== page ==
Protesters outside Zebardines, rumours of a food website takeover, a smooth property developer (and old boyfriend of Storm's) add complexity to an already crowded scene. Tension reaches breaking point , as a third victim, Maria Louw, Zebardine’s maitre ‘d is attacked but survives and the glitzy restaurant awards event in Cape Town take place with heightened security in place . Storm herself is in danger before the murderer is stopped – and as in all good thrillers, not many readers will guess who this is.

Topical, fast-paced, complex and accurate when depicting Hermanus backgrounds, this is a well-executed and gripping crime novel.

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ILE DE PAIN ANYTIME by Liezie Mulder. Published by Quivertree Publications, Cape Town, 2018.

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This is another gem from Quivertree, a sizeable hardback with a linen- feel cover, featuring a inviting plate of Mexican fish tacos on the front cover and a shot of the restaurant, shelves laden with loaves, on the back.

There can be few South African foodies and gourmets who do not know about the iconic Ile de Pain, a Knysna café and bakery that makes a major reason for some for visiting the Garden Route town.

Co-owner and head chef Liezie Mulder, together with her partner and master baker Markus Farbinger, started the restaurant in 2002 and it did not take long for its reputation for wonderful croissants and bakes and authentic coffee to spread, first among locals, then to a wider audience.

As one would expect, bakes star prominently in this collection of approachable recipes that cover every meal of the day along with a range of chutneys and sauces to have in the pantry. Appropriately, the dishes are grouped by time slots – Around 8am, noon, 6 pm and midnight, with some sweet treats and a chapter of favourite recipes from family and friends getting their own chapters. There is also a good number of recipes that will please vegetarians and even a few vegans and many that reflect the influence of the Far East, Mexico and Italy. A three-year stint in Texas during her childhood still influences her favourite barbecue sauce recipe. Meat is not a major role player in this fresh, contemporary and nourishing culinary collection.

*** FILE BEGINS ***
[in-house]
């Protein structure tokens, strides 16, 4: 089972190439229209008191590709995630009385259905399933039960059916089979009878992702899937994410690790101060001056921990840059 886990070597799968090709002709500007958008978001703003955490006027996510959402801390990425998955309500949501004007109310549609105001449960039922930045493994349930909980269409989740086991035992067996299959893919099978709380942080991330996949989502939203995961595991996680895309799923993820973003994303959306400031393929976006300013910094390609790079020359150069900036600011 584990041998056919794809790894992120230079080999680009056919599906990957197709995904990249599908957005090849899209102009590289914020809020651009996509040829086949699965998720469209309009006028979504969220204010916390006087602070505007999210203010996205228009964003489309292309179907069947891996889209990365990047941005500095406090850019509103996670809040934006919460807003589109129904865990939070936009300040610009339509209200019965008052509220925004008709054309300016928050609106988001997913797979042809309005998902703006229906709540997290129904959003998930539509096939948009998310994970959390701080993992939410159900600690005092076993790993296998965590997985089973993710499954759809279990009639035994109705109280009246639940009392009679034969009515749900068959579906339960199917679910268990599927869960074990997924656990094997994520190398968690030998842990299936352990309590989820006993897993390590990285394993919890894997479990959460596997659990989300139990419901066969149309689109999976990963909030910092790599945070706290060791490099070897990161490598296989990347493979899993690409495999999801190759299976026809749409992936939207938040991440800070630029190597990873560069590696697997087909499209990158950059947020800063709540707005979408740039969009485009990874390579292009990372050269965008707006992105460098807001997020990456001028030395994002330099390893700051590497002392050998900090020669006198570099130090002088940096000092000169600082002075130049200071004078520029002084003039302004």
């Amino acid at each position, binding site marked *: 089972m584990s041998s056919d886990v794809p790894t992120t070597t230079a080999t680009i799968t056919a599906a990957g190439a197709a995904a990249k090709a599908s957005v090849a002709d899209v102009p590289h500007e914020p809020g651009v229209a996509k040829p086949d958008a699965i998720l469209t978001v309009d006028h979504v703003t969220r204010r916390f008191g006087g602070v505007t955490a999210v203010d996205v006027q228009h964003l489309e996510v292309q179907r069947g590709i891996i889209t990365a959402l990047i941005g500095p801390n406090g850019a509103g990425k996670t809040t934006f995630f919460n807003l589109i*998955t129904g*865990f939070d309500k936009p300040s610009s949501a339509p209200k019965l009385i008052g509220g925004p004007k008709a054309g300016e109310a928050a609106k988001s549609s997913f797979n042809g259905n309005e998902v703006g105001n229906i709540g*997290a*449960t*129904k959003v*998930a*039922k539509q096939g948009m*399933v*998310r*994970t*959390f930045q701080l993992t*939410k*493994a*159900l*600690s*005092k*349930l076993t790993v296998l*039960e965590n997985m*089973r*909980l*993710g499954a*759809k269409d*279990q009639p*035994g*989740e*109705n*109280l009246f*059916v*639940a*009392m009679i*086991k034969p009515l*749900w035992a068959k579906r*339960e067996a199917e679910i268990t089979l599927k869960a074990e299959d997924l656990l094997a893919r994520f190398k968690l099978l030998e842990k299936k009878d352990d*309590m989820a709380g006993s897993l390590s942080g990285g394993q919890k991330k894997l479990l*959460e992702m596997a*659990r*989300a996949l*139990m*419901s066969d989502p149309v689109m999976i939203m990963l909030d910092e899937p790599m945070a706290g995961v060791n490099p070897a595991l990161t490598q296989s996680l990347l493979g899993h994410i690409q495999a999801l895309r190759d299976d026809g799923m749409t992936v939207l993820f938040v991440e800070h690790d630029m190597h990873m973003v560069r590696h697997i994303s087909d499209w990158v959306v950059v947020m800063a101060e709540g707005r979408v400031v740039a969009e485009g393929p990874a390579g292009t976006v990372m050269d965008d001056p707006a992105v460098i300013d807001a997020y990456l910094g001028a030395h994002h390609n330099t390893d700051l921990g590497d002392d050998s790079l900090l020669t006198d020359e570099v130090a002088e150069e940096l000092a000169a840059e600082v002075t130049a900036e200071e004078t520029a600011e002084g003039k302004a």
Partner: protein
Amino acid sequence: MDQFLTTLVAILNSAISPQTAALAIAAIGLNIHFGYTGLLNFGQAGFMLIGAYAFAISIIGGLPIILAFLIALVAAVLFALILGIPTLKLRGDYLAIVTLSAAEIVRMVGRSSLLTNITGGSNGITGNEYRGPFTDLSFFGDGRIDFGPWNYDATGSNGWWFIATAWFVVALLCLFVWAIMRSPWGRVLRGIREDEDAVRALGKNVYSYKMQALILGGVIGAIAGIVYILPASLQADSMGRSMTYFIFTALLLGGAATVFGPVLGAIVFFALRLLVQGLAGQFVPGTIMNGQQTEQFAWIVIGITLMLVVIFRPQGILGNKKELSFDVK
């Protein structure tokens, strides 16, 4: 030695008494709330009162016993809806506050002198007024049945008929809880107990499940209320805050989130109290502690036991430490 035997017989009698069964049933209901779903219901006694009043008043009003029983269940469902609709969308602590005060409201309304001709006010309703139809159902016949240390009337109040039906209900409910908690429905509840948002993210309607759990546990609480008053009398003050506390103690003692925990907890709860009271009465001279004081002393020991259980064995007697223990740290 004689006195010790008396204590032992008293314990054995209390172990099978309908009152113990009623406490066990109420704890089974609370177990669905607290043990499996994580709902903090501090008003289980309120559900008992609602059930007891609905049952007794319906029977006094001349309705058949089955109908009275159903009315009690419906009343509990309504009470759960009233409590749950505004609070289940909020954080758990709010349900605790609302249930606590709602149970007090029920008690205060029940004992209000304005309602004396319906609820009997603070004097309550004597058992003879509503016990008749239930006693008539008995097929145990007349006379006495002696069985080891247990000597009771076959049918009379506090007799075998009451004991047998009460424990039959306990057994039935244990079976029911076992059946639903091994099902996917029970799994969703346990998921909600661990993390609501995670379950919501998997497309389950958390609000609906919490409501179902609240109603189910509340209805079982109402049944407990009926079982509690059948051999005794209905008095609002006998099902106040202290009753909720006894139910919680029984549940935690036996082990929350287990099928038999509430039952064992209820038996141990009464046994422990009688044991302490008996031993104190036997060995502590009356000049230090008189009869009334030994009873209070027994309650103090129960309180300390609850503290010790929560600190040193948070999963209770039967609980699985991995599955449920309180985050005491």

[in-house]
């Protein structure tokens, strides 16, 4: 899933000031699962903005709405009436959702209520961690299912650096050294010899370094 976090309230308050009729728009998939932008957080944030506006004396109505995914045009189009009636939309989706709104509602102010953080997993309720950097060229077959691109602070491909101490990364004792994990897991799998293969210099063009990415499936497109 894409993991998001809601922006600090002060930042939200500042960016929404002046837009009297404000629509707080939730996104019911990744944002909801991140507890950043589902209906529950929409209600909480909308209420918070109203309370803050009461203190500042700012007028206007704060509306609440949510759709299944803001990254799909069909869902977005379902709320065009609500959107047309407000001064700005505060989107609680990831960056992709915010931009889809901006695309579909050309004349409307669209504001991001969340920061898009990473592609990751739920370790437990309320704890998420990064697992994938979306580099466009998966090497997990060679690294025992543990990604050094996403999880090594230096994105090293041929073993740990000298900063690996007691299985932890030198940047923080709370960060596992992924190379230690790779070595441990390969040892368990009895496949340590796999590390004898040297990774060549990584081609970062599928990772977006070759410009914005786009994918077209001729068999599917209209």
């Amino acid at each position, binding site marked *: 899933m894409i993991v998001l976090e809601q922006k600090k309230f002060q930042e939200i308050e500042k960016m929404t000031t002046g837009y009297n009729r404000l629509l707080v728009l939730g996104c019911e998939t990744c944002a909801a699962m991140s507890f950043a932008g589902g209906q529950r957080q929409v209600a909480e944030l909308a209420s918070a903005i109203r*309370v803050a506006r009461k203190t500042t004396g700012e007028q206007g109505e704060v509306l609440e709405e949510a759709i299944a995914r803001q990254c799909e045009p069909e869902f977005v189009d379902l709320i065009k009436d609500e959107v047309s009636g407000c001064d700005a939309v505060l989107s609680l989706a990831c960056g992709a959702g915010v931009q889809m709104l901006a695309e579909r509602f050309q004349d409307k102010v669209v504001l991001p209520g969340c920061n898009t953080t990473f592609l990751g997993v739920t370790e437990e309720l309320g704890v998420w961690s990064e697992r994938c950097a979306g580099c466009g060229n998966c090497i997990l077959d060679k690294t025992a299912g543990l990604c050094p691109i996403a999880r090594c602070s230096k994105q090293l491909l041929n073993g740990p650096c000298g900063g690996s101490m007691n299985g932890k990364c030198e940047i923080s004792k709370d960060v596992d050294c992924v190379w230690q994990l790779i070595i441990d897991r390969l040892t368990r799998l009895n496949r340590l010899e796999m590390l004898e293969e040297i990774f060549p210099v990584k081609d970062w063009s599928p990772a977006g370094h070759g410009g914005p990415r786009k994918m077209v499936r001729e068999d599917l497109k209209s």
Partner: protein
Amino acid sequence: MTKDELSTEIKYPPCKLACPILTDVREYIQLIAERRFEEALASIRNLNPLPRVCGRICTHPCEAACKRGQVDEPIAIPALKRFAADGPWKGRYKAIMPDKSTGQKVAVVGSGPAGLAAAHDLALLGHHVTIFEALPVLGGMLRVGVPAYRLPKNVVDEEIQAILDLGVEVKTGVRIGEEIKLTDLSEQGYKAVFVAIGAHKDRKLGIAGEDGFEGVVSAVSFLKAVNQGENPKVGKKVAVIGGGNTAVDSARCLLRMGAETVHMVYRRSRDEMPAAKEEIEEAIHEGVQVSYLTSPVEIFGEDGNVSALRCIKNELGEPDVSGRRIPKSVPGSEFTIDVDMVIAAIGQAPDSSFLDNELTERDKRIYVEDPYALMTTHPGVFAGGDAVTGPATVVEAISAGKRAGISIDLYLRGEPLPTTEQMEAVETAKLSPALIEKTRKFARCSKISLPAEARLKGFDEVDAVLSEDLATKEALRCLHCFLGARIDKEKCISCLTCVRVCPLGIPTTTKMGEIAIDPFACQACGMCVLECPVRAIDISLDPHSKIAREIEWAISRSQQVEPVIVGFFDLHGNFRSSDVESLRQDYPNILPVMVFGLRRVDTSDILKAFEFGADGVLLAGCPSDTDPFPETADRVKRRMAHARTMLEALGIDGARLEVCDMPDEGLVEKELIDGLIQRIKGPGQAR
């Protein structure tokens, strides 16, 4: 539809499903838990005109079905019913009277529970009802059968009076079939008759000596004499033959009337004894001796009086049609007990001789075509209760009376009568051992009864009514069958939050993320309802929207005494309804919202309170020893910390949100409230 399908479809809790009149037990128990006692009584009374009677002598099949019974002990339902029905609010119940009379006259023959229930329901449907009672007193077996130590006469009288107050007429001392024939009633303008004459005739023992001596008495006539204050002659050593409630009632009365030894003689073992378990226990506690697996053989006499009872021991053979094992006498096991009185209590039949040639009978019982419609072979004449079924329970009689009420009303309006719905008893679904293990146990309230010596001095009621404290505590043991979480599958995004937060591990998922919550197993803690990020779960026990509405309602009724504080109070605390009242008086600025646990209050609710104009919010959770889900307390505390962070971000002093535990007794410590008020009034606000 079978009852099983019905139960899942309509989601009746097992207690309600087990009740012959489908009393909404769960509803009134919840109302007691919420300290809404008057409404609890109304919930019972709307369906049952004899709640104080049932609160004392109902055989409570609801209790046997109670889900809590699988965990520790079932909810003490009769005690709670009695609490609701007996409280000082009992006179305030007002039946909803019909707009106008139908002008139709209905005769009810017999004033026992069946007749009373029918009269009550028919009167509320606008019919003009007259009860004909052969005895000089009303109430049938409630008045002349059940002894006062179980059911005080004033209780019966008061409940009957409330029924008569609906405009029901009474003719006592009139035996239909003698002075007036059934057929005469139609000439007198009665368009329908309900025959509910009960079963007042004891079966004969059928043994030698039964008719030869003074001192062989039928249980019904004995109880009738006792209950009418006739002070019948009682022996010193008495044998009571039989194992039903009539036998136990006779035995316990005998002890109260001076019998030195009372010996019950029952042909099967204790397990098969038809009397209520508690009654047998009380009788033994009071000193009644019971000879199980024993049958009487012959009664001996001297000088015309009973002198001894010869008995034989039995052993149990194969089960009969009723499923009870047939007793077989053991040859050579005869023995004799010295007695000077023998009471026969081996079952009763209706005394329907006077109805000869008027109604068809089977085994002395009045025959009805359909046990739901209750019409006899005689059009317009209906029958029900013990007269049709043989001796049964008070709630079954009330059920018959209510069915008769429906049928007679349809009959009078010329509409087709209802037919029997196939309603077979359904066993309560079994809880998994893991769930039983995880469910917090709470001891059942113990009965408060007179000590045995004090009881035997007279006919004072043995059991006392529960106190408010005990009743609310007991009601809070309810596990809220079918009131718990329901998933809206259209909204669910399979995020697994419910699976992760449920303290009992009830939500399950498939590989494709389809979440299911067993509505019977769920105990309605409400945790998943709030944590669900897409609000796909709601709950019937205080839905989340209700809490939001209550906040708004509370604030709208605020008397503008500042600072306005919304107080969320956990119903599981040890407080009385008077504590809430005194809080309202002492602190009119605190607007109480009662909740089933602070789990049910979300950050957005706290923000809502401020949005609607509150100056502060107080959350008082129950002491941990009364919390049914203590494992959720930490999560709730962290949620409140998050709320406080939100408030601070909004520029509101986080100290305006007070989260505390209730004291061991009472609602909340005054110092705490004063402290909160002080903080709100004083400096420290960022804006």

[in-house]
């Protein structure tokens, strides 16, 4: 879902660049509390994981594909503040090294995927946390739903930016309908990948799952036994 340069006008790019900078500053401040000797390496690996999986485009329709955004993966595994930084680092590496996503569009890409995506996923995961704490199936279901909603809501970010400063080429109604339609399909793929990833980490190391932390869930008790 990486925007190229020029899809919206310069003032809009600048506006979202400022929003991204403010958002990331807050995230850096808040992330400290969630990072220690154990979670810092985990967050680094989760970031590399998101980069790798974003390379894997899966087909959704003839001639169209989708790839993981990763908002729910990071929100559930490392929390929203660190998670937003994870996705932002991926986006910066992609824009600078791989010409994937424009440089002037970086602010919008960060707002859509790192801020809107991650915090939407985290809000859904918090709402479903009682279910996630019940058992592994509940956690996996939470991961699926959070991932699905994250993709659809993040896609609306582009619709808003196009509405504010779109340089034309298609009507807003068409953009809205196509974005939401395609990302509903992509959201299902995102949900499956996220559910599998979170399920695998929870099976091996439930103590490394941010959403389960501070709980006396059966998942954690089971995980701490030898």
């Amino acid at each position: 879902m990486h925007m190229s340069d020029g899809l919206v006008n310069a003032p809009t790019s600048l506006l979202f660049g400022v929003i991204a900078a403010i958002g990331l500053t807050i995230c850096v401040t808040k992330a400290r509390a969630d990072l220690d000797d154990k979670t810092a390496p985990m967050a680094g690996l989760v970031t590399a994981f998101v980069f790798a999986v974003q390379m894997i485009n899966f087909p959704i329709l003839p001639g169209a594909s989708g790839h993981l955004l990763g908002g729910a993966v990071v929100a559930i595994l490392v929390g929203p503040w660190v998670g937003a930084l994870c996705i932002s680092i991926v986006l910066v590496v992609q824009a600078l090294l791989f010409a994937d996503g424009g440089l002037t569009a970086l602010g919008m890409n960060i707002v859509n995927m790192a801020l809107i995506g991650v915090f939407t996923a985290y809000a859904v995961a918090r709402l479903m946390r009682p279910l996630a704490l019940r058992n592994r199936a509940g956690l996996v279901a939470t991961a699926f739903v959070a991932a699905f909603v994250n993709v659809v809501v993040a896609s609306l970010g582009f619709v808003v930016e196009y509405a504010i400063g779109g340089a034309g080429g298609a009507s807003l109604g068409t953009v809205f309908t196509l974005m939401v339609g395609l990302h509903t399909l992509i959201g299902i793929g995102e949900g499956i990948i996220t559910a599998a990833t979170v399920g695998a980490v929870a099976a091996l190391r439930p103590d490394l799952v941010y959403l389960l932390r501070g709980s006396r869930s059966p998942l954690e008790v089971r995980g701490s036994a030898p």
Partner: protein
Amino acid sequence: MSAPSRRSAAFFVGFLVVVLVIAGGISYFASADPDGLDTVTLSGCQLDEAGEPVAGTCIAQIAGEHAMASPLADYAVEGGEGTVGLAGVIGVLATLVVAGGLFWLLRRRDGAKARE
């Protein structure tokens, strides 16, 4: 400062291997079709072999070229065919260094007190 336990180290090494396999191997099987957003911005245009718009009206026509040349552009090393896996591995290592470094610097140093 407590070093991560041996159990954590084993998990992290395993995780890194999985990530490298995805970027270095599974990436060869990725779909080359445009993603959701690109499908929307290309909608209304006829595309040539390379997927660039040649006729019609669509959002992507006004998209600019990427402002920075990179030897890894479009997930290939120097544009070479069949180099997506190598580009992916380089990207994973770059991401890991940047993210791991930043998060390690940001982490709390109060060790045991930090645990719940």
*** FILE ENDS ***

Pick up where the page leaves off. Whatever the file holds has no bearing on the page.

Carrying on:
To focus on just a few of her dishes, the superfood smoothie in the breakfast chapter offers a powerhouse start to the day, and the baked yoghurt with berries, an Indian delight, can be served to start the day or as an easy dessert. In the midday chapter, an inspiring selection of exotic, healthy, grain-based salads finishes with a Greek salad that takes the classic to new heights. Supper recipes include casual bread-based dishes, from burger to flatbread while sweet treats reflect a more classic approach – scones, banana bread and berry tart. And there is a great choice of breads – loaves, tortillas, buns – in the midnight chapter, although readers can, happily, choose their time to start kneading...

I missed out on Liezie’s first cookbook Café Food published nine years ago which probably stars croissant recipes, the only item I missed in this collection. This treasury well reflects her present philosophy of being open to possibilities with ingredients, to have fun and not take food too seriously. On the other hand she is meticulous when testing new flavour combinations and adapting dishes that inspired her while travelling to ensure they suit the restaurant menu. As usual, Craig Fraser’s evocative photographs add hugely to the title’s appeal, and Wilna Combrinck's design make it a visual delight.